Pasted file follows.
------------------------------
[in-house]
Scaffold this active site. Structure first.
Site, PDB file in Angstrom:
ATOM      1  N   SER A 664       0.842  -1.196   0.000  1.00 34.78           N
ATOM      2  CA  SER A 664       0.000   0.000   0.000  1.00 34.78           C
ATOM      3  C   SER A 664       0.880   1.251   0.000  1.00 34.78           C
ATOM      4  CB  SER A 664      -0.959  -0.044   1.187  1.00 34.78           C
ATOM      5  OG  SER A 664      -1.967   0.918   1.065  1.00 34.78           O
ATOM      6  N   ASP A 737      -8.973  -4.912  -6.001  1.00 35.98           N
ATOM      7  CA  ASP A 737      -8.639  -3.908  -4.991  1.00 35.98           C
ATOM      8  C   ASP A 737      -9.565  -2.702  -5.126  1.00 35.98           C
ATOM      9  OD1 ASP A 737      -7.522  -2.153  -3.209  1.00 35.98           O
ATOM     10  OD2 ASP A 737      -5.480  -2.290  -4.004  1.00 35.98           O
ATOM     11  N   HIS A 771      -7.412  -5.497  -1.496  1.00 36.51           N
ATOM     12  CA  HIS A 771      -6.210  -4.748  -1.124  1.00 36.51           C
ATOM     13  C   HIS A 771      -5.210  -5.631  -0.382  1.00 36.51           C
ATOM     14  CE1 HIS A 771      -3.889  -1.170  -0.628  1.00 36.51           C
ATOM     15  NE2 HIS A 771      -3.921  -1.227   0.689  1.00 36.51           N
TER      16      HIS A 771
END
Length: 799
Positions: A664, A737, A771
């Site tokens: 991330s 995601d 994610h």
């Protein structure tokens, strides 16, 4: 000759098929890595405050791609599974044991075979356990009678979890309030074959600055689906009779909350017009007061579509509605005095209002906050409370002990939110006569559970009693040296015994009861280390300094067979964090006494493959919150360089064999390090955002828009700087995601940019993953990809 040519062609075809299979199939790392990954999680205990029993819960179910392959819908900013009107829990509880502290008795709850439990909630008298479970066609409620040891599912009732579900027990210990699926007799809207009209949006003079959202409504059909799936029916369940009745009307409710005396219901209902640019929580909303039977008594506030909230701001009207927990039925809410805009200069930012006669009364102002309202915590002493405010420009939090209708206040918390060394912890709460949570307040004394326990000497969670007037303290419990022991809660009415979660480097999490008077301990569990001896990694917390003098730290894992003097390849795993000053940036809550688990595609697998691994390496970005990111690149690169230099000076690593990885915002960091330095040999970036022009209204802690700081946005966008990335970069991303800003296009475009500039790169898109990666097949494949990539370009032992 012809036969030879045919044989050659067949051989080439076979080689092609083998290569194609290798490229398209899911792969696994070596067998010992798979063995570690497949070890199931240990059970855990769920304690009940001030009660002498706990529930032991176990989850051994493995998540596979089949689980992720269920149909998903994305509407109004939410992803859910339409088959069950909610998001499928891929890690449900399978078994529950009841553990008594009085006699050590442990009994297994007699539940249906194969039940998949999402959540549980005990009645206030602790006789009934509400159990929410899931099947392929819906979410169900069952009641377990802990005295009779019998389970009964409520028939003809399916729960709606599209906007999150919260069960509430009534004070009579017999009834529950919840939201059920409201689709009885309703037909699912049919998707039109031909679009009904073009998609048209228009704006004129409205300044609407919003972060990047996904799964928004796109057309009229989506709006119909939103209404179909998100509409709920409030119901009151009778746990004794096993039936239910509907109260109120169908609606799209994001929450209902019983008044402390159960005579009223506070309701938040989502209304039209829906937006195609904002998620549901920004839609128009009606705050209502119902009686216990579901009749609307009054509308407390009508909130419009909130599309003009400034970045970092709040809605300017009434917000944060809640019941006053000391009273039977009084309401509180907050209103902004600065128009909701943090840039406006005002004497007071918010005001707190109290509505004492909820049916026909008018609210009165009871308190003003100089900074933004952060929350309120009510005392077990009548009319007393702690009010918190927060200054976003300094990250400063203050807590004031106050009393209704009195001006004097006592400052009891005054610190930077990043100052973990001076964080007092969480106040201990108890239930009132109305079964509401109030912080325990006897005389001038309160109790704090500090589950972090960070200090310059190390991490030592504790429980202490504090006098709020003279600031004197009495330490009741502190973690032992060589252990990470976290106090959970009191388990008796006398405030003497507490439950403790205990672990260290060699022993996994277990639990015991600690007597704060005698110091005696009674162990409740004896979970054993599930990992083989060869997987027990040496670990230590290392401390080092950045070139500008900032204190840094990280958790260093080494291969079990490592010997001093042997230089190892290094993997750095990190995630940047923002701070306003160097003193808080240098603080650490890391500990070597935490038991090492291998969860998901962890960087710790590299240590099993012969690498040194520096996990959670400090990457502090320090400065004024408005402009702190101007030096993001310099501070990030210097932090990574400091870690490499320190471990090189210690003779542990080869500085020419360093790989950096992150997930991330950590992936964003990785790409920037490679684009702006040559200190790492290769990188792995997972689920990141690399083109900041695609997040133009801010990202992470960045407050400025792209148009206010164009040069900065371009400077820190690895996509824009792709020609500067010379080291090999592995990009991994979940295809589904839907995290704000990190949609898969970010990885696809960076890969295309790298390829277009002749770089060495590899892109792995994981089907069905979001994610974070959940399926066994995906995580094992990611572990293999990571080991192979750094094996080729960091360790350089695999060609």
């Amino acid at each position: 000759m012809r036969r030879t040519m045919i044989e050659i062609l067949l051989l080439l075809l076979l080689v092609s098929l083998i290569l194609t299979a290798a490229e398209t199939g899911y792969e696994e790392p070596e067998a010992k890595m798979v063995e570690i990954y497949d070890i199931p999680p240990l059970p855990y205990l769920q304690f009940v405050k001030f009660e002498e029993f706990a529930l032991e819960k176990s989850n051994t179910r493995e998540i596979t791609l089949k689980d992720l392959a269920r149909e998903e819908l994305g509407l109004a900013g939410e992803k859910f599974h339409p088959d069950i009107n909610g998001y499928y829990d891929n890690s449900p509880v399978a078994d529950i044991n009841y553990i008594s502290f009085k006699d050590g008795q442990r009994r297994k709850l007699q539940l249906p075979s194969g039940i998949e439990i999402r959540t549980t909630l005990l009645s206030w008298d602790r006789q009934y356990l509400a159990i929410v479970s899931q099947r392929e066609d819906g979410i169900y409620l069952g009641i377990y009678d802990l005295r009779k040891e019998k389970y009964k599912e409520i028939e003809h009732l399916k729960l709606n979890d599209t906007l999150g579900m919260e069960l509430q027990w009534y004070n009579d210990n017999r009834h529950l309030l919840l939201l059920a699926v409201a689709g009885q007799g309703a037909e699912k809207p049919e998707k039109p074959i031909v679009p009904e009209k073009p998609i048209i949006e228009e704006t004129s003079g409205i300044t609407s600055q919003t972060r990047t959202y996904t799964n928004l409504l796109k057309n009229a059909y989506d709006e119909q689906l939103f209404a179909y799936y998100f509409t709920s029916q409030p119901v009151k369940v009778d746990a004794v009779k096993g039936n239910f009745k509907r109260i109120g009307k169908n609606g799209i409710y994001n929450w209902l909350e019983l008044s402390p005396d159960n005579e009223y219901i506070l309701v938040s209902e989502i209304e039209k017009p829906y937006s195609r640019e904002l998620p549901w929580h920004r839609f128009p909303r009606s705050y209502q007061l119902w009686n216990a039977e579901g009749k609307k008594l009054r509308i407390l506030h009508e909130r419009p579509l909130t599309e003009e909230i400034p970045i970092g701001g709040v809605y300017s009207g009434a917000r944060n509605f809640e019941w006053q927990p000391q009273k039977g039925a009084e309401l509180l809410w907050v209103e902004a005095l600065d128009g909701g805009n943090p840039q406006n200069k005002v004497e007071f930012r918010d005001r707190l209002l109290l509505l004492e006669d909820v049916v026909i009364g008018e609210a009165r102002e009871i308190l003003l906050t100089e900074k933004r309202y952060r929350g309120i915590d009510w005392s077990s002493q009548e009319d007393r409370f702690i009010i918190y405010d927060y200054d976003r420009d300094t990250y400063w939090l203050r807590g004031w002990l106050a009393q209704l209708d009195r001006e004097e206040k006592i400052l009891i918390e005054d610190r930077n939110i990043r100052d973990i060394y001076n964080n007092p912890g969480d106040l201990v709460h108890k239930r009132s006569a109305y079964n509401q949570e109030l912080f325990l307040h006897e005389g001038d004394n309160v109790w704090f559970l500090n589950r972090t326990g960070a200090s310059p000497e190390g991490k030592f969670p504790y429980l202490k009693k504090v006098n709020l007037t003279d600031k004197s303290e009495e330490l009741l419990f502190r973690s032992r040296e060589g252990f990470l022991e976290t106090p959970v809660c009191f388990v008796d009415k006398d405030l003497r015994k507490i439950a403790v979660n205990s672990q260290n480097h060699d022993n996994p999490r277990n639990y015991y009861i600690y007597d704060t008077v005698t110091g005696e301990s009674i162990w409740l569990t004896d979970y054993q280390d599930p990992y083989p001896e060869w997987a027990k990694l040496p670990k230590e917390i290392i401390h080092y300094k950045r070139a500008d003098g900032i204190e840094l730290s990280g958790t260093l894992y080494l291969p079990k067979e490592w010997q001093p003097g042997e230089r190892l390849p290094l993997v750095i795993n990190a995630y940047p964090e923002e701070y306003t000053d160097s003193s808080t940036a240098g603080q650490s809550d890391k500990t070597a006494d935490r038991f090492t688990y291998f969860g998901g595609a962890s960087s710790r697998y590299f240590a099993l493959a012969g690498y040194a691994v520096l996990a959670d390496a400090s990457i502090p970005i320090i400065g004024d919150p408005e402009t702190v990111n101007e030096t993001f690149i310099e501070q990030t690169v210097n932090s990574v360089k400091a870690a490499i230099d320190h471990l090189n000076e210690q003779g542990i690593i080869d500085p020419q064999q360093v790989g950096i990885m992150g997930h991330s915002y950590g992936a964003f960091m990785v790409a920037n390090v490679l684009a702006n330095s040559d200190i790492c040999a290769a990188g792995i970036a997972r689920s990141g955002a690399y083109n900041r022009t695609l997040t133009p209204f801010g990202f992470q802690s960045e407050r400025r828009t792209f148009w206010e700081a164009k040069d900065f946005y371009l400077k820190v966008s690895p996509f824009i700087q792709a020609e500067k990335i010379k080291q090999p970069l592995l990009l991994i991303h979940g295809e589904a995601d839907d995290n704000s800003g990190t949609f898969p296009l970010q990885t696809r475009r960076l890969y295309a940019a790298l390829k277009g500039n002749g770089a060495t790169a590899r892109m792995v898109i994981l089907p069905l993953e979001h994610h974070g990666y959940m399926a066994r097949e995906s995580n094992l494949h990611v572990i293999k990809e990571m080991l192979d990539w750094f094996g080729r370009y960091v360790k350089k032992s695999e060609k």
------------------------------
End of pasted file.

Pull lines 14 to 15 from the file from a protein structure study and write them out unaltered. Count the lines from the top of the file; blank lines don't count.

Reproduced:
ATOM     11  N   HIS A 771      -7.412  -5.497  -1.496  1.00 36.51           N
ATOM     12  CA  HIS A 771      -6.210  -4.748  -1.124  1.00 36.51           C